The legal costs for two Metro-North derailments, including one of the deadliest crashes in the commuter railroad’s 33-year history, was more than $38.4 million and is set to climb in the years ahead, a Journal News report has found.
Most of the payouts went to injured passengers or the families of the four victims killed in the Dec. 1, 2013 crash, when a speeding Manhattan-bound Metro-North train derailed along the Hudson River in Spuyten Duyvil, Bronx, according to reports. The city paid roughly $28.2 million in settlements and legal costs.
Another $9.2 million in settlements went to some of the 73 passengers injured when a New Haven line train derailed and hit a train going in the opposite direction on May 17, 2013 in Bridgeport, Conn. The state spent an additional $1 million in legal costs and expenses.
The accidents have prompted federal probes into the safety practices of the nation’s busiest commuter railroad.
Moreover, the settlement numbers are likely to grow, according to USA Today.
Metro-North officials said that 174 of 192 claims in five major accidents since May 2013 have been resolved, mostly through settlements.
Some lawyers with pending claims in the Spuyten Duyvil crash have argued that Metro-North is trying to settle claims to prevent information about the events leading up to the crash from coming to light. These lawyers also claim that the Metropolitan Transportation Authority (MTA), which is Metro-North’s parent, knew about safety issues that might have prevented the crash.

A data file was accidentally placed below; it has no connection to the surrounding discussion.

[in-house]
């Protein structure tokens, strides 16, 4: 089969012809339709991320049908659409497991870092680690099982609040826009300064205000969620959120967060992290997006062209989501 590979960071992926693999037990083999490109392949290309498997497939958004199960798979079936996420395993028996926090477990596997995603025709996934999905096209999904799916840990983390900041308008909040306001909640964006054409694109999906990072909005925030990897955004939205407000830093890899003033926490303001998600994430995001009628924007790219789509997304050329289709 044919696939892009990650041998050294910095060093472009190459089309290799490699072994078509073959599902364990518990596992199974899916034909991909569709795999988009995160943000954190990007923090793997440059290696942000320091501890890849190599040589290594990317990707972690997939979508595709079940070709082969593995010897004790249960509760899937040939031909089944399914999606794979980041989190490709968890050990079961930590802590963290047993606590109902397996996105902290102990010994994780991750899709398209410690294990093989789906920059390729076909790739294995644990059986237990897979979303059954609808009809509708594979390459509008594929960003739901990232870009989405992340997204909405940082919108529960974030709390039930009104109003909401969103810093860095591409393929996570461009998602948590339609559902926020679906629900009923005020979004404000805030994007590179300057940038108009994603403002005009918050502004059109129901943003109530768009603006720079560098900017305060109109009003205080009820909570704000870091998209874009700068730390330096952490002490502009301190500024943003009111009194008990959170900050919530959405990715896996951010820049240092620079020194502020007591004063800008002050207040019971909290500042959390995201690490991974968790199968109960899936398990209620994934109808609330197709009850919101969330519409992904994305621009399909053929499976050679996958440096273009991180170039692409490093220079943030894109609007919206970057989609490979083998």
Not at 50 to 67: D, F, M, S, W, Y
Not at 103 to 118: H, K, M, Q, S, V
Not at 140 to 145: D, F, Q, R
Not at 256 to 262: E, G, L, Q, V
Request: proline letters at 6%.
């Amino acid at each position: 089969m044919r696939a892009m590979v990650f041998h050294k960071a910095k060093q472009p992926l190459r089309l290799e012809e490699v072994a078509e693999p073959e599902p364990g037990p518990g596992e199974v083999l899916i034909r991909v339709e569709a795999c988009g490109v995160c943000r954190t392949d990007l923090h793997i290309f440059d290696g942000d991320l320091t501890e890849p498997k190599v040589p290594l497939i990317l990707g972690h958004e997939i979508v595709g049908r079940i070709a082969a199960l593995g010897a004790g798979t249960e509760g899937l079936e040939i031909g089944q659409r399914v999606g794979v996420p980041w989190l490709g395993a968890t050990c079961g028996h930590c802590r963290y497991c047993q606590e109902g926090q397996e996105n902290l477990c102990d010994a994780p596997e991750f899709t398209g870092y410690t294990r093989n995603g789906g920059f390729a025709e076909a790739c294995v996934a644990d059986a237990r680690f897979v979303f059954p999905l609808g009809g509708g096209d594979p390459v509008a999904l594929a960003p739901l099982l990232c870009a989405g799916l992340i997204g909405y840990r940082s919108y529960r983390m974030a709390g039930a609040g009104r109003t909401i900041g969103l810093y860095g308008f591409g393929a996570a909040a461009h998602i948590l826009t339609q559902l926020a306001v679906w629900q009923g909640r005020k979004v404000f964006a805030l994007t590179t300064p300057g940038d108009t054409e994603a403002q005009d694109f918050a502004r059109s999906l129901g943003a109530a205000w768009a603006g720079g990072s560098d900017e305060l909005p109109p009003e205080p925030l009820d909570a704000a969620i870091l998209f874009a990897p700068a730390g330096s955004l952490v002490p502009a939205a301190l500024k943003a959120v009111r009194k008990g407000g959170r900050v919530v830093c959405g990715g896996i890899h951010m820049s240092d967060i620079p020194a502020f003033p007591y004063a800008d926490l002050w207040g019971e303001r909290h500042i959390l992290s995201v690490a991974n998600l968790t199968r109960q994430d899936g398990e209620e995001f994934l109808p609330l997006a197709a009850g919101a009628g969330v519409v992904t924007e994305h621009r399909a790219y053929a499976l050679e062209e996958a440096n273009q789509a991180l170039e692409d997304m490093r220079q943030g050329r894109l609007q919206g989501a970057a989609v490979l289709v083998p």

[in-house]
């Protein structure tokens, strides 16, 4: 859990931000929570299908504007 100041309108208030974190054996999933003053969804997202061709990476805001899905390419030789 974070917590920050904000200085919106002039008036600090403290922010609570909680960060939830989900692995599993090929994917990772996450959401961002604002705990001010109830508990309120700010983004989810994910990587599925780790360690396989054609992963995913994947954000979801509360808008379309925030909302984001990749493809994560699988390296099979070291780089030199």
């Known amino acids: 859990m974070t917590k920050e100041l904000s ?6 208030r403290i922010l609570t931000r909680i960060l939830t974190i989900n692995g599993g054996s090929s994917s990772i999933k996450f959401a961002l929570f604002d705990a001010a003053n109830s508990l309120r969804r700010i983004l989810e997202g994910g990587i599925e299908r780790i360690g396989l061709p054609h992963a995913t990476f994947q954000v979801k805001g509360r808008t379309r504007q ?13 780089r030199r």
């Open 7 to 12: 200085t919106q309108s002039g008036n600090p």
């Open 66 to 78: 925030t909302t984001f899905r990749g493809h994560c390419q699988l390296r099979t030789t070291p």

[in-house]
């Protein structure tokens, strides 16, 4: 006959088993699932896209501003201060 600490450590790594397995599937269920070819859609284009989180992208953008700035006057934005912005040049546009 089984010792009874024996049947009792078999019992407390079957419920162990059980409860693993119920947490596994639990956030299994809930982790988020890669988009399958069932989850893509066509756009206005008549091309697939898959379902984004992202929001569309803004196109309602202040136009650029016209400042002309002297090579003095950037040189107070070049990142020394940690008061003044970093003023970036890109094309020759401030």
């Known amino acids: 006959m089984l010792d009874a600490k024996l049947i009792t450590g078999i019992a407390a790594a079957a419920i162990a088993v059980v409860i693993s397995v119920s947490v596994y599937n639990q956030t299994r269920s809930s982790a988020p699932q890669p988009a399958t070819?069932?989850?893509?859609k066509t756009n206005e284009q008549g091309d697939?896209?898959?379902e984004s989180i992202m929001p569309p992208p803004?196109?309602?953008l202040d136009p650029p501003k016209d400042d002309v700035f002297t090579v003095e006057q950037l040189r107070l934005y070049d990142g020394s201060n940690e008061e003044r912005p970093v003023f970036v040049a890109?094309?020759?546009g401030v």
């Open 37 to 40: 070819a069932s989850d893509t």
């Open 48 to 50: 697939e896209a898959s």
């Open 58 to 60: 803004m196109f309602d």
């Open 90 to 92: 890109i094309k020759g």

“Metro-North is literally throwing money at us to get these cases settled prematurely,” said Michael Lamonsoff, a lawyer who represents Denise Williams, a doctor from Beacon, N.Y. whose injuries have made it impossible to return to work. “I believe they’re trying to sweep these cases under the rug and get them out of the spotlight.”
The attorneys at Morgan Levine Dolan have represented many people injured in mass transit accidents. During the early stages of the investigation, it is imperative to get private attorneys involved in the process. Too many times, the mass transit carrier performs the investigation and many pieces of evidence are either tampered with or ignored.